Embattled Harvard President Claudine Gay resigned Tuesday after her congressional testimony on the university’s response to anti-Semitic protests last month sparked an intense backlash. Gay has also faced multiple allegations that many of her past publications were plagiarized, in violation of Harvard’s policies on academic integrity.
As Harvard’s first Black president, Gay has had the shortest tenure in the university’s history, according to the Harvard Crimson.
“It has become clear that it is in the best interests of Harvard for me to resign so that our community can navigate this moment of extraordinary challenge with a focus on the institution rather than any individual,” Gay wrote in her resignation letter to the campus community. She said she will return to Harvard’s faculty.
On December 5, Gay, University of Pennsylvania President Liz Magill and Massachusetts Institute of Technology President Sally Kornbluth appeared before the House Committee on Education and the Workforce and each were grilled about how they’ve handled the explosion of antisemitism on their respective campuses since the October 7 Hamas terrorist attack in Israel.
Rep. Elise Stefanik (R-N.Y.) asked the three if calls for the genocide of Jewish people during pro-Palestinian protests on their campuses qualified as bullying or harassment under their respective school codes of conduct.
Gay appeared to minimize antisemitism on campus in her unsatisfactory replies, and was accused of holding a double standard in how she treated different political groups on campus.
Magill and Kornbluth gave similar answers during the hearing, outraging Jewish groups, prominent alumni, lawmakers from both parties, and even the the White House.
The governing boards of Harvard and MIT stood by their embattled presidents in December amidst a firestorm of disapproval.
After the hearing, Magill stepped down from her post at the University of Pennsylvania under pressure from donors, but MIT’s president Sally Kornbluth and Gay remained in their roles.
Gay did apologize for her comments in a statement, saying she “failed to convey what is my truth.”
Meanwhile, conservative journalists, most notably the Manhattan Institute’s Christopher Rufo and the American Conservative’s Chris Brunet, investigated Gay’s past writings and discovered multiple instances of plagiarism.
The New York Times expanded on their allegations of plagiarism in a report on Tuesday.
A university spokesperson said in a statement provided to Axios last month that Gay will submit updates to her 1997 dissertation about Black electoral success, “which will add quotations and citations.”
The Republican-led House Education and Workforce Committee has launched an investigation into Harvard and is also investigating Gay’s alleged plagiarism.
Harvard’s governing board said Gay did not violate the university’s research misconduct standards in her published works. The House committee, however, expanded its probe into the university on Dec. 20, saying allegations against Gay were “credible.”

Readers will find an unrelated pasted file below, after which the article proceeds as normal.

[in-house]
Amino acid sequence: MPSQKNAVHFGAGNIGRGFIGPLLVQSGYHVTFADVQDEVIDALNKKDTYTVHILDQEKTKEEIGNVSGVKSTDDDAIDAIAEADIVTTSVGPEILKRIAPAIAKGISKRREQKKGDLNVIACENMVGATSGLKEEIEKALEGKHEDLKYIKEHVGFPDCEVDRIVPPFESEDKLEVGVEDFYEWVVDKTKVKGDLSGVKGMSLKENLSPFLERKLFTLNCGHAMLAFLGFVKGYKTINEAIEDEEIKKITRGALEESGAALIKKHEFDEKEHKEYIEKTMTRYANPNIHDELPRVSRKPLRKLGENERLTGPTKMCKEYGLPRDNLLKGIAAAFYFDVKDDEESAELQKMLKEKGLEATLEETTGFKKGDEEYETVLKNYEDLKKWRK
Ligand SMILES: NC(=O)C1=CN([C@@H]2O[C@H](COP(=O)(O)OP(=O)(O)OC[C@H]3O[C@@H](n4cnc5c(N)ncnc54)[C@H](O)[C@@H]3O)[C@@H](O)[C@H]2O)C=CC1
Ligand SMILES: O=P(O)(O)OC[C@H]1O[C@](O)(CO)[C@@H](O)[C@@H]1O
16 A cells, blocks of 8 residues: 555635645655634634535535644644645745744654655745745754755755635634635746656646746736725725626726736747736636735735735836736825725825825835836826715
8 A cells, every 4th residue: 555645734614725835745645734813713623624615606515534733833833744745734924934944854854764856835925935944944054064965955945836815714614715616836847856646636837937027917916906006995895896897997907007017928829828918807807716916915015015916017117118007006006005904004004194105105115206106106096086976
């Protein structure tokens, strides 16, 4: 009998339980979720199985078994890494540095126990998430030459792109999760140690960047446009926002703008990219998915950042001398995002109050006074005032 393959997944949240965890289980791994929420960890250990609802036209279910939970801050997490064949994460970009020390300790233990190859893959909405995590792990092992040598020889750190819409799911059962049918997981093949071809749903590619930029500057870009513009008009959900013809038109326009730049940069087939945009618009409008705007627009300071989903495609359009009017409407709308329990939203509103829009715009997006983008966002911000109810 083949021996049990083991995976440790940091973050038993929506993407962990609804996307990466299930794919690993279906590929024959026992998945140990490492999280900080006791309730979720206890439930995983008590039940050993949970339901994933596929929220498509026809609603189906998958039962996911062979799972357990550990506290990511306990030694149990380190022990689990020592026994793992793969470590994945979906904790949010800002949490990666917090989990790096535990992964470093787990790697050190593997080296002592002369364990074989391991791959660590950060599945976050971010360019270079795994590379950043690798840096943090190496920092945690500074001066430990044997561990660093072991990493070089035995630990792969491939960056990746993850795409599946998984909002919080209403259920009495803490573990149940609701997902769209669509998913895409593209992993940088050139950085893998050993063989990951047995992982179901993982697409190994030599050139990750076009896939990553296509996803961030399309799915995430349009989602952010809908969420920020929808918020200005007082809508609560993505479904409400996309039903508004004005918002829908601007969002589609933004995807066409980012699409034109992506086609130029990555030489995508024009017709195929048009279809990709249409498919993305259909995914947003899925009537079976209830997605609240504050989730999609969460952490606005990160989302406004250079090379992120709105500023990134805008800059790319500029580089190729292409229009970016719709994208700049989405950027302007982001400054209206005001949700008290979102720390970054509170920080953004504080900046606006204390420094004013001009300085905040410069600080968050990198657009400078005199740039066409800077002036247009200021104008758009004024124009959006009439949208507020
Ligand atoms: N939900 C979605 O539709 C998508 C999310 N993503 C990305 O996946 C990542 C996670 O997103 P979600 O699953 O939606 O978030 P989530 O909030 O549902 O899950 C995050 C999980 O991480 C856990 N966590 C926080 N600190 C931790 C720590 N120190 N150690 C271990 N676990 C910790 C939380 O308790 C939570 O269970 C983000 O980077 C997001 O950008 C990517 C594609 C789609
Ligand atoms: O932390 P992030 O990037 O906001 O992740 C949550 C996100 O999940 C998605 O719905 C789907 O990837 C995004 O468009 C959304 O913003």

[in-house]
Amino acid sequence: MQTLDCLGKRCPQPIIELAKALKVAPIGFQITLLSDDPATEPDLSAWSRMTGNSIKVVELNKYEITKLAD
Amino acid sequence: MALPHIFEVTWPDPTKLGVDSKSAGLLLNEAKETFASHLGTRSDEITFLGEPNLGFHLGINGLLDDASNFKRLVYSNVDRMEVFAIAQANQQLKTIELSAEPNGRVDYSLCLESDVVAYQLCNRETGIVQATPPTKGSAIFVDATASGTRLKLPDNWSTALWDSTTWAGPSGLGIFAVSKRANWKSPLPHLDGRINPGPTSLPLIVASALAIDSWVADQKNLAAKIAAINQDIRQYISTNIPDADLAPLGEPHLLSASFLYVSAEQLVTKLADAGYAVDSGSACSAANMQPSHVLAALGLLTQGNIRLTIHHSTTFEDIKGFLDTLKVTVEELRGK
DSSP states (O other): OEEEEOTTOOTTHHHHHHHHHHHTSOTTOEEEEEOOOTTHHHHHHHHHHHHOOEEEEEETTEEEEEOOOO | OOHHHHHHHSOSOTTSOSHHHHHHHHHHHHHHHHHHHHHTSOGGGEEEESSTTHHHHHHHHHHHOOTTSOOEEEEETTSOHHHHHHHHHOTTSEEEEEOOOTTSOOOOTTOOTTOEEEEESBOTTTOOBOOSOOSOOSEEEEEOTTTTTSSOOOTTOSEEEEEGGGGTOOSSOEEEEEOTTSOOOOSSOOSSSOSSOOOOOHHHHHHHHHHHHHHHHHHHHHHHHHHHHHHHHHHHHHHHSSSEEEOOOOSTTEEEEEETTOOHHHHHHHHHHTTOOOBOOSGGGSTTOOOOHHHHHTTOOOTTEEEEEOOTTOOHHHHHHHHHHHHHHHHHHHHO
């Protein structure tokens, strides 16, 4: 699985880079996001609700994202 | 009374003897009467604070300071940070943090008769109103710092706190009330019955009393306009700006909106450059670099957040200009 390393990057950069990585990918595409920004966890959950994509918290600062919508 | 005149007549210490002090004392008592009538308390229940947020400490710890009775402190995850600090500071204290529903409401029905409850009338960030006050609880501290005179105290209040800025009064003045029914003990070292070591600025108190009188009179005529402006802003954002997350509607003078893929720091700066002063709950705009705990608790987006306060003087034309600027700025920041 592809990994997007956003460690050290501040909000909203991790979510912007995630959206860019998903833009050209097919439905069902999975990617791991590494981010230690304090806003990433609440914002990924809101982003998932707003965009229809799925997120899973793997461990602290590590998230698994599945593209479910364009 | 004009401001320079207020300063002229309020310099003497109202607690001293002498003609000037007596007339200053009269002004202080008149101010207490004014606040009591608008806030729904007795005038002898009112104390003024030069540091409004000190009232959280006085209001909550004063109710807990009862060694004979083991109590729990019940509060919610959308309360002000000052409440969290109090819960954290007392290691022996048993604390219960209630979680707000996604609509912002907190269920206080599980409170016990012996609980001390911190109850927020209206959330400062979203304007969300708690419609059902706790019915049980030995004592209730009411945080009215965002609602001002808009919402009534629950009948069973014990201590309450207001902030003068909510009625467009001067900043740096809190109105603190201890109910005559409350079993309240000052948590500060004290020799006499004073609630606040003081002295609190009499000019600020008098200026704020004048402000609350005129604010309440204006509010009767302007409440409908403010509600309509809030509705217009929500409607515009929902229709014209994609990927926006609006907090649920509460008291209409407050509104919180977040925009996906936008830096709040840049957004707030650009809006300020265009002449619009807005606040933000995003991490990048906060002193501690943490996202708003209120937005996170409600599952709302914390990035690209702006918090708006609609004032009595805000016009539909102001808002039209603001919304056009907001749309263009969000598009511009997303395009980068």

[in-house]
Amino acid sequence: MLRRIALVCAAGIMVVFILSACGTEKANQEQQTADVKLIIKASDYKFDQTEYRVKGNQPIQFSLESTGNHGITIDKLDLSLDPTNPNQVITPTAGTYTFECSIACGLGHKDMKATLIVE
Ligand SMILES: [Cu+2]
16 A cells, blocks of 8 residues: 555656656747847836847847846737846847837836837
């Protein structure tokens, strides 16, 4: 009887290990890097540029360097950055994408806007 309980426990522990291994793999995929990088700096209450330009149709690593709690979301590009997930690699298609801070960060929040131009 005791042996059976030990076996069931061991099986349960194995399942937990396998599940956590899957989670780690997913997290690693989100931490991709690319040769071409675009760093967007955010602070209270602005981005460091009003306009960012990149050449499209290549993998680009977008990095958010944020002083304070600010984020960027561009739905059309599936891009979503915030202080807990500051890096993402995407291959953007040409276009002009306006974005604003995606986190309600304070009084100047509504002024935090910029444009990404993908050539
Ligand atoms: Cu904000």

In her letter, Gay cast herself as a victim of racial hostility who is dedicated to “combatting bias and hate in all its forms.”
“Amidst all of this, it is distressing to have doubt cast on my commitments to confronting hate and to upholding scholarly rigor—two bedrock values that are fundamental to who I am—and frightening to be subjected to personal attacks and threats fueled by racial animus, Gay wrote.
I believe in the people of Harvard because I see in you the possibility and the promise of a better future. These last weeks have helped make clear the work we need to do to build that future—to combat bias and hate in all its forms, to create a learning environment in which we respect each other’s dignity and treat one another with compassion, and to affirm our enduring commitment to open inquiry and free expression in the pursuit of truth.
“Rather than take responsibility for minimizing antisemitism, committing serial plagiarism, intimidating the free press, and damaging the institution, she calls her critics racist,” Rufo noted on X. “This is the poison of DEI ideology. Glad she’s gone.”
Rep. Stefanik also celebrated the news on X.
“TWO DOWN,” she wrote. “Harvard knows that this long overdue forced resignation of the antisemitic plagiarist president is just the beginning of what will be the greatest scandal of any college or university in history.”
TWO DOWN. @Harvard knows that this long overdue forced resignation of the antisemitic plagiarist president is just the beginning of what will be the greatest scandal of any college or university in history.https://t.co/ZJLxrHw1Zd
— Elise Stefanik (@EliseStefanik) January 2, 2024
In his own victory lap, Rufo taunted critics “I was right. You were wrong. Gay is gone.”
To all of my critics who snidely dismissed me as a "bad-faith actor" and a "cartoon villain": I was right. You were wrong. Gay is gone.
The world of politics cannot be divided neatly between "good actors" and "bad actors." Reality is not a Marvel movie; politics is not a child's…
— Christopher F. Rufo ⚔️ (@realchrisrufo) January 2, 2024
In a subsequent post, Rufo predicted that “this is the beginning of the end for DEI in America’s institutions.”
He added: “We will expose you. We will outmaneuver you. And we will not stop fighting until we have restored colorblind equality in our great nation.”